Introduction to Map Data Structure with Practical Examples

The Map data structure, also known as a dictionary, plays a crucial role in various real-life applications such as database indexing, network routing, caching etc., making it one of the most essential data structures. Its efficiency in storing and retrieving key-value pairs is fundamental for tasks requiring quick and organized access to information. Almost every well-known programming language provides maps in their standard library, such as the map in C++, HashMap in Java, and dictionary in Python.

Map Data Structure

A map is a collection of key-value pairs where each key is unique, and each key is associated with a value. It enables quick and efficient retrieval of values based on their corresponding keys. This structure enables fast data retrieval, making maps an excellent choice for scenarios where quick lookups are crucial.

map data structure

Maps are commonly implemented using either Hash Maps or Tree Structures, such as self-balancing Binary Search Trees (BST). These implementations are crucial for the efficiency and performance of map data structures.

Hash Map

A hash map, also known as a hash table maps keys to values using a hash function. The hash function transforms the key into an index within an array, allowing for quick access to the associated value. This mechanism ensures speedy lookups. It also ensures a uniform distribution to minimize collisions. The quality of the hash function directly influences the distribution of keys, impacting the map’s efficiency.
C++, Java, and Python offer hash map implementations in their standard libraries. In C++, it’s std::unordered_map, in Java, it’s HashMap, and in Python, it’s the built-in dictionary.

Tree Map

A tree map, implemented as a self-balancing binary search tree, organizes keys in a sorted order, optimizing search, insertion, and deletion operations. With an average time complexity of O(log n) for tasks like insertion and retrieval, tree maps provide a balanced and efficient solution for managing key-value pairs. As self-balancing binary Search tree Red-Black Tree are often preferred over AVL Tree because the re-balancing rotation in Red-Black Trees is an O(1) operation while AVL Trees require an O(log N) operation for re-balancing, making Red-Black Trees more efficient in situations where frequent re-balancing rotations are expected.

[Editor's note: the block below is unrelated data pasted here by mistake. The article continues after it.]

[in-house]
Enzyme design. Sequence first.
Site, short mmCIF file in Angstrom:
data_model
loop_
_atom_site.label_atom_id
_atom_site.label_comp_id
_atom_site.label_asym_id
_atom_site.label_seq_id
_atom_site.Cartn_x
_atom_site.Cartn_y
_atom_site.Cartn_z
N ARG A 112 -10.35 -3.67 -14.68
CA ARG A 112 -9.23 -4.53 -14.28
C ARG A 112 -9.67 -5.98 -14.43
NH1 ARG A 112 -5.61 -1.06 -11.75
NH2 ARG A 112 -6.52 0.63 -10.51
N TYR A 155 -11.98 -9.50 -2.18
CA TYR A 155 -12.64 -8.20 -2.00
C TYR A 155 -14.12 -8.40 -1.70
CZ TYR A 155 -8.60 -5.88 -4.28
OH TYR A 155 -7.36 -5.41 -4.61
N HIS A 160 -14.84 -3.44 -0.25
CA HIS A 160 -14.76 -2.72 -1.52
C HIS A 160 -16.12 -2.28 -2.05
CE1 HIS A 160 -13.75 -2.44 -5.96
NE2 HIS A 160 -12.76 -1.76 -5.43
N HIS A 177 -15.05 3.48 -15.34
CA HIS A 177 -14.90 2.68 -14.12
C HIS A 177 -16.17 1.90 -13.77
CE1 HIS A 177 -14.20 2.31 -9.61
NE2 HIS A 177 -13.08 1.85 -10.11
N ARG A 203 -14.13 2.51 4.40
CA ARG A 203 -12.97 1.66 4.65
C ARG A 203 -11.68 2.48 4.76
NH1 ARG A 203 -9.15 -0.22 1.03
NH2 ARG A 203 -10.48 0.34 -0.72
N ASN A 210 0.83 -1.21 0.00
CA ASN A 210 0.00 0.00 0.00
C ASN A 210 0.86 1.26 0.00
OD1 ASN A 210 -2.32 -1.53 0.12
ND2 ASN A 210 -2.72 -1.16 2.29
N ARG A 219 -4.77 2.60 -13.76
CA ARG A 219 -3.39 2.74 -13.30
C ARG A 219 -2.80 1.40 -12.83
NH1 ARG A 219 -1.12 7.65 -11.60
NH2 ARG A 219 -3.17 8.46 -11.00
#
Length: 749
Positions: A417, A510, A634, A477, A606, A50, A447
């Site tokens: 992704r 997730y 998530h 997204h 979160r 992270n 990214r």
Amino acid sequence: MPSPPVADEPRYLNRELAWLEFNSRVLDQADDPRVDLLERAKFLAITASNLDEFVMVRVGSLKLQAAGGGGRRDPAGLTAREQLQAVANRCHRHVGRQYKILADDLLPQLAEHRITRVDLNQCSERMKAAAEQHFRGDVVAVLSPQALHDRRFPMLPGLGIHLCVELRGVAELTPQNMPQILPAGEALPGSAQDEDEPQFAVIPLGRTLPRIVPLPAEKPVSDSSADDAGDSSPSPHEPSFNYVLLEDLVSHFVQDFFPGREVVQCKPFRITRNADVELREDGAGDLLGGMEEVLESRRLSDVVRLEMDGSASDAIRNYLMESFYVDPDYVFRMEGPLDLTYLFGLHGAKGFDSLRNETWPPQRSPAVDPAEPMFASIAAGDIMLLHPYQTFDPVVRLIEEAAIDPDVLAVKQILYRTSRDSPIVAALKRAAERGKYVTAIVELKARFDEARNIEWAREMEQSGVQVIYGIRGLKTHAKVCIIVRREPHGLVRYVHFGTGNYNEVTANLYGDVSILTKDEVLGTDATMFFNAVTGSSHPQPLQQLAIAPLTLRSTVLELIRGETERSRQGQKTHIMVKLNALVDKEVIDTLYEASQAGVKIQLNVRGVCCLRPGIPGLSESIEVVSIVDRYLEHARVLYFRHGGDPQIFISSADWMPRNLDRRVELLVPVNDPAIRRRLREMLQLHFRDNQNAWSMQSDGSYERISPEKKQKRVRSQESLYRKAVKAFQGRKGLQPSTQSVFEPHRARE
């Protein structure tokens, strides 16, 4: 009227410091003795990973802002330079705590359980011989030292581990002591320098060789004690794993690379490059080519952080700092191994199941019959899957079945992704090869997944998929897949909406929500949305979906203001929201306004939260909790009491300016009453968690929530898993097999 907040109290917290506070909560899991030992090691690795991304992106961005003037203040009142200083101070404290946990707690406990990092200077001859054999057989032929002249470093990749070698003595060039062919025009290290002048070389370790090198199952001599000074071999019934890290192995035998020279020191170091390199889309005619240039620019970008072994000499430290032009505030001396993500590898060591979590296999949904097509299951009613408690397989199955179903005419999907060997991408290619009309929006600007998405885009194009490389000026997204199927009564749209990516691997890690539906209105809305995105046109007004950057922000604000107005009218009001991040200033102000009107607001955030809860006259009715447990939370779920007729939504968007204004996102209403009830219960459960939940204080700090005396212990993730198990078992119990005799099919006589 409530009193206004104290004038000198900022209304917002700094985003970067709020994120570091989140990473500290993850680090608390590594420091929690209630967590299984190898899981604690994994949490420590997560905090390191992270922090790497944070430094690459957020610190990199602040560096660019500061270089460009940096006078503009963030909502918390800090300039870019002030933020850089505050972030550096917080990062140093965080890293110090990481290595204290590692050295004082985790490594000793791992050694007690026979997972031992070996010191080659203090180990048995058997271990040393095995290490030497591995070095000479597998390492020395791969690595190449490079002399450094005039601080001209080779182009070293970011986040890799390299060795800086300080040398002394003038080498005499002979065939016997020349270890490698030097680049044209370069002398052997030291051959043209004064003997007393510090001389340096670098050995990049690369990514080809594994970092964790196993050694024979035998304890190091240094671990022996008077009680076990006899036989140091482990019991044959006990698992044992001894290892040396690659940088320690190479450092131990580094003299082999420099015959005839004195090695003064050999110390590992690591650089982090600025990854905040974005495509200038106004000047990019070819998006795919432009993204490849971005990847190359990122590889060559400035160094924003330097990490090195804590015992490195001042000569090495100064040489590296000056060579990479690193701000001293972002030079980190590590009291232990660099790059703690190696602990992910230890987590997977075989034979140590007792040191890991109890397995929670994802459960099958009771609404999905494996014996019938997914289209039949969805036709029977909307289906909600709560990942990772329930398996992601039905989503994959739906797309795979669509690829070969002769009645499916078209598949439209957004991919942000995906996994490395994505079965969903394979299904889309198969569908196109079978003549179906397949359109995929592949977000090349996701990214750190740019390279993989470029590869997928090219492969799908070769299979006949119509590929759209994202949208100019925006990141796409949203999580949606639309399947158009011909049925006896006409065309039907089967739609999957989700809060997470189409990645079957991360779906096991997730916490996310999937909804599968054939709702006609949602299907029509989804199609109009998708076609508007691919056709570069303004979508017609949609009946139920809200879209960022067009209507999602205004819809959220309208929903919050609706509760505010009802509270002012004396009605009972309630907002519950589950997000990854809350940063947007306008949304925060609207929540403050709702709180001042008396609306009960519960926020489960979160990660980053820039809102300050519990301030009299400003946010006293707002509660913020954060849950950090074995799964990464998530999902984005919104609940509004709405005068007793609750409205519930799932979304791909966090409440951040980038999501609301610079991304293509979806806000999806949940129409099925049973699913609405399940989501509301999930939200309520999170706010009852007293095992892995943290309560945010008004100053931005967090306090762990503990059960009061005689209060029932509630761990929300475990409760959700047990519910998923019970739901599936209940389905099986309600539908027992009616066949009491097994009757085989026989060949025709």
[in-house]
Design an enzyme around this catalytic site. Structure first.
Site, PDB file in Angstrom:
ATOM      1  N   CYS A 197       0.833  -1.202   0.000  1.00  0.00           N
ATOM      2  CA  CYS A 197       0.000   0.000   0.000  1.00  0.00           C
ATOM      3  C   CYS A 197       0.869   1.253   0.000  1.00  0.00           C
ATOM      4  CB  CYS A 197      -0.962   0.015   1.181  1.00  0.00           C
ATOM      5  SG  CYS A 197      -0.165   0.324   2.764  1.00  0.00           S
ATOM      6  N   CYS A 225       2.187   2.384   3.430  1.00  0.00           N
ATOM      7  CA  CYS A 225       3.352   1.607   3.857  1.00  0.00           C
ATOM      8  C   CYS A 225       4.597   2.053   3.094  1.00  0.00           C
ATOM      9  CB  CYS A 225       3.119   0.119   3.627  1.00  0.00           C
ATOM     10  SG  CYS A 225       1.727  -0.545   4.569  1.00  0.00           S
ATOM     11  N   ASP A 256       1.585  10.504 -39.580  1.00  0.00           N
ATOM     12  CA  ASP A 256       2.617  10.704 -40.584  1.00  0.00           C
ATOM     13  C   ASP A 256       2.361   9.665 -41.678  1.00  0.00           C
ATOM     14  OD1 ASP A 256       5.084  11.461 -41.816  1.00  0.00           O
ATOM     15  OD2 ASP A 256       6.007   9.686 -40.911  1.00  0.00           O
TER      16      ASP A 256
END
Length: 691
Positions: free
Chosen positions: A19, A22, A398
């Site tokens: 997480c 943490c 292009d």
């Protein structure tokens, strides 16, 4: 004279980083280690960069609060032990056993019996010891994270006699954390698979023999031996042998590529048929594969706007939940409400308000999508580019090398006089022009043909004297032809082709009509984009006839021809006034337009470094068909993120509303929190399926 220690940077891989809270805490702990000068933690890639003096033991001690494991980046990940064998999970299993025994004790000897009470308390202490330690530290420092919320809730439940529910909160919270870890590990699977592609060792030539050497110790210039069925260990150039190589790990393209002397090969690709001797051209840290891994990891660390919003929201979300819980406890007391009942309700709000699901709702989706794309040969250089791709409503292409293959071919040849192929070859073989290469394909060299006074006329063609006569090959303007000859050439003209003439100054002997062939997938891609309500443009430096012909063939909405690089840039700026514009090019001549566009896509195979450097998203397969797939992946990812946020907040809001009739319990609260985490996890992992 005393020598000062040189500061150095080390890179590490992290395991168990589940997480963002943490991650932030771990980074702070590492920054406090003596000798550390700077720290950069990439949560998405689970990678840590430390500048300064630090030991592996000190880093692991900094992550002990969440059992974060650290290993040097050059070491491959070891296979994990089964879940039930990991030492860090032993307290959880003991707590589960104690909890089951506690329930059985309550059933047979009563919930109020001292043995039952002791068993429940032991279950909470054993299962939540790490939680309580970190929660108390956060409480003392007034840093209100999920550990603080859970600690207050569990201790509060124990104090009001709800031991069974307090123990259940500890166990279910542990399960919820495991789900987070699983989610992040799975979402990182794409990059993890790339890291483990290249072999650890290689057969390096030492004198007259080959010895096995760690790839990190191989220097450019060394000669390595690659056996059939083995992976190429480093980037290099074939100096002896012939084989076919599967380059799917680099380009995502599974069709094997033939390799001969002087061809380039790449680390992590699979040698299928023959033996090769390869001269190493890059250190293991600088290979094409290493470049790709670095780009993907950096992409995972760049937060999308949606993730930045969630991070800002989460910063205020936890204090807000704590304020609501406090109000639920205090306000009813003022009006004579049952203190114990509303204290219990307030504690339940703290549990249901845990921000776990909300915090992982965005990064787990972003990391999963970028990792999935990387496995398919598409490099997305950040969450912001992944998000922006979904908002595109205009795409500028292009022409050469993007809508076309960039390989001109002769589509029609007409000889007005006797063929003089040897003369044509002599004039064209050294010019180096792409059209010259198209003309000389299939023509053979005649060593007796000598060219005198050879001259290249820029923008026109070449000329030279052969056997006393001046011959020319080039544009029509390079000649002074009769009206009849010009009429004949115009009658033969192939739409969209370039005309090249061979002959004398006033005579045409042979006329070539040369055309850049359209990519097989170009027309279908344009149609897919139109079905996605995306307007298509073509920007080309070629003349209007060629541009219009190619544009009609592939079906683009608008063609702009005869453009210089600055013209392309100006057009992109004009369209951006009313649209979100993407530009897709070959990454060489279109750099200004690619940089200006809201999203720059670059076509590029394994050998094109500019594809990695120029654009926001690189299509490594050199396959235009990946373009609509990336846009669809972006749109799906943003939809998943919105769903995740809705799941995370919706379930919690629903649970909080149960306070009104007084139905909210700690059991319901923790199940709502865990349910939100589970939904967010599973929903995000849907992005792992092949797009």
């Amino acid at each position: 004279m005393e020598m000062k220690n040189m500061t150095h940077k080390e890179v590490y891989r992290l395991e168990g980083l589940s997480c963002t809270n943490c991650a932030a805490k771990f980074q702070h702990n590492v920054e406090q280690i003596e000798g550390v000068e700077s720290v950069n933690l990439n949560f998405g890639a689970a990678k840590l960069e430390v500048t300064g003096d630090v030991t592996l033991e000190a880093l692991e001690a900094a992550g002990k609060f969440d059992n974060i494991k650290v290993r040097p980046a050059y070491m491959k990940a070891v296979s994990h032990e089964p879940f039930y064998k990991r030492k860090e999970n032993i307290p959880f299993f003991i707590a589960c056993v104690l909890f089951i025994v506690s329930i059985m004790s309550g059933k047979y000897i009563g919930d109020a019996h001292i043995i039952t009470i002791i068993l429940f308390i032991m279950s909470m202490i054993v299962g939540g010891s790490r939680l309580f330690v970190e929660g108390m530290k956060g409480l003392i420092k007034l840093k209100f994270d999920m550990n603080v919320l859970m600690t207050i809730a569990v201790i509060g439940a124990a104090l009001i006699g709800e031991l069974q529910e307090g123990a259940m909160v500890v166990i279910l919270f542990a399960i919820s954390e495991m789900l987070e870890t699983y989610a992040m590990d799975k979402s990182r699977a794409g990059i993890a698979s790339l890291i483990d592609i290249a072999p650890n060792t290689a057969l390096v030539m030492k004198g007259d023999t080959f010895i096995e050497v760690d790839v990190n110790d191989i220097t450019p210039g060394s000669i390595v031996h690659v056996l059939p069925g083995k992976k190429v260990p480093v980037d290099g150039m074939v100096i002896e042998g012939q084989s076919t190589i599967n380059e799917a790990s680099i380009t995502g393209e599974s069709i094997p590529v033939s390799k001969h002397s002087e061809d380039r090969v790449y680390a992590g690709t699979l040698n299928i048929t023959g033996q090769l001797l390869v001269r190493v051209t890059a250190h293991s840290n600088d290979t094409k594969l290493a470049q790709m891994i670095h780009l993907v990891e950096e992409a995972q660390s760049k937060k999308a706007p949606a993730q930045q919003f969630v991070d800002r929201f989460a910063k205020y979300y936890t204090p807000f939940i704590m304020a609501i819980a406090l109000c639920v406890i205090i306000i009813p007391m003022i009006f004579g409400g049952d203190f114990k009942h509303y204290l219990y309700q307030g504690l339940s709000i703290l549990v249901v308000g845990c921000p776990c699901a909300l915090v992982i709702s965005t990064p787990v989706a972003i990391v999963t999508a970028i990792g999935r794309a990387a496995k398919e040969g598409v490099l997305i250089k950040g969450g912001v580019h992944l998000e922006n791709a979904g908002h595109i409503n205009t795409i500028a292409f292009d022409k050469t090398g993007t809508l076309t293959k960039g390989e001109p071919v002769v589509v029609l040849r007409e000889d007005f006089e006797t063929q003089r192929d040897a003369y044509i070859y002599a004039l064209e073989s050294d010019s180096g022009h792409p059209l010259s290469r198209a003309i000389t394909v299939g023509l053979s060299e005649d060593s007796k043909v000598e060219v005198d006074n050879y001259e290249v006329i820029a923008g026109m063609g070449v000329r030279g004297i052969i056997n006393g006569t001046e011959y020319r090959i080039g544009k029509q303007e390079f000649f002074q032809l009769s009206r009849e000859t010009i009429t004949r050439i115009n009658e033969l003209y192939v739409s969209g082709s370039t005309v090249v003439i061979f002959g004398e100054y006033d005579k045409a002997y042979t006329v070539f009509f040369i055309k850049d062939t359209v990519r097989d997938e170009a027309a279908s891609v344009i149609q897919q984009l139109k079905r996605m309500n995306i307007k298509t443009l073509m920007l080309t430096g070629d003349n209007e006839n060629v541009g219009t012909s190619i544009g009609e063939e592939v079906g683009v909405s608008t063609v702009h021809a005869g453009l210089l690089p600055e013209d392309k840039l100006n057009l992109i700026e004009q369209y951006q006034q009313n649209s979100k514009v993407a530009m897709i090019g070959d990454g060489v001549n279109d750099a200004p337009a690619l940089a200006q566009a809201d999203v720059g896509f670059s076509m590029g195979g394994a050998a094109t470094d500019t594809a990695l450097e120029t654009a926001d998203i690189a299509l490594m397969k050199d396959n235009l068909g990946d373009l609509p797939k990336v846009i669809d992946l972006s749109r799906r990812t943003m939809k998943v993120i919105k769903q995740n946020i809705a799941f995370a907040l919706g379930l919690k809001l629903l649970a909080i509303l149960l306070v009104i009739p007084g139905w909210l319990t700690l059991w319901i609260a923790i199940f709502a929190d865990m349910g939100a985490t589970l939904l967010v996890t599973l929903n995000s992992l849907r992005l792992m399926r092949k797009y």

C++ offers tree map implementation in the standard library as std::map.

Map in C++ STL

A map is an associative container that stores elements in a key-value relationship. In C++, the std::map is based on a self-balancing binary search tree called Red-Black Trees. After an insertion or deletion, Red-Black Trees perform rotations to re-balance the tree. This process involves strategically rotating nodes to maintain the structure’s balance and uphold the properties of a Red-Black Tree.

To use the std::map in C++, we need to include the <map> header file. Syntax :

#include <map>
map<keyDataType, valueDataType> myMap;

Functions in C++ STL Map

  • insert() Inserts a new key-value pair into the map. For each operation it shows logarithmic time complexity (O(log n)). The insert operation involves searching for the correct position in the binary search tree, which, due to its self-balancing nature, takes logarithmic time. This ensures that the tree remains balanced and maintains its efficiency.

  • find() Searches for a specified key in the map. If the key does not exist in the map it returns end() iterator. For each operation it shows logarithmic time complexity (O(log n)). The find operation uses the binary search tree structure, allowing for efficient key lookup in logarithmic time.

  • erase() Removes an element from the map. For each operation it shows logarithmic time complexity (O(log n)). The erase operation may involve re-balancing the tree after removal, ensuring that the binary search tree properties are maintained. This process takes logarithmic time.

  • size() Returns the number of elements in the map. For each operation it shows constant time complexity (O(1)). The size function typically retrieves a precomputed size, resulting in constant time complexity.

  • clear() Removes all elements from the map, leaving it empty.For each operation it shows linear time complexity (O(n)). Clearing the map involves deallocating memory for each element, resulting in a linear time complexity proportional to the number of elements.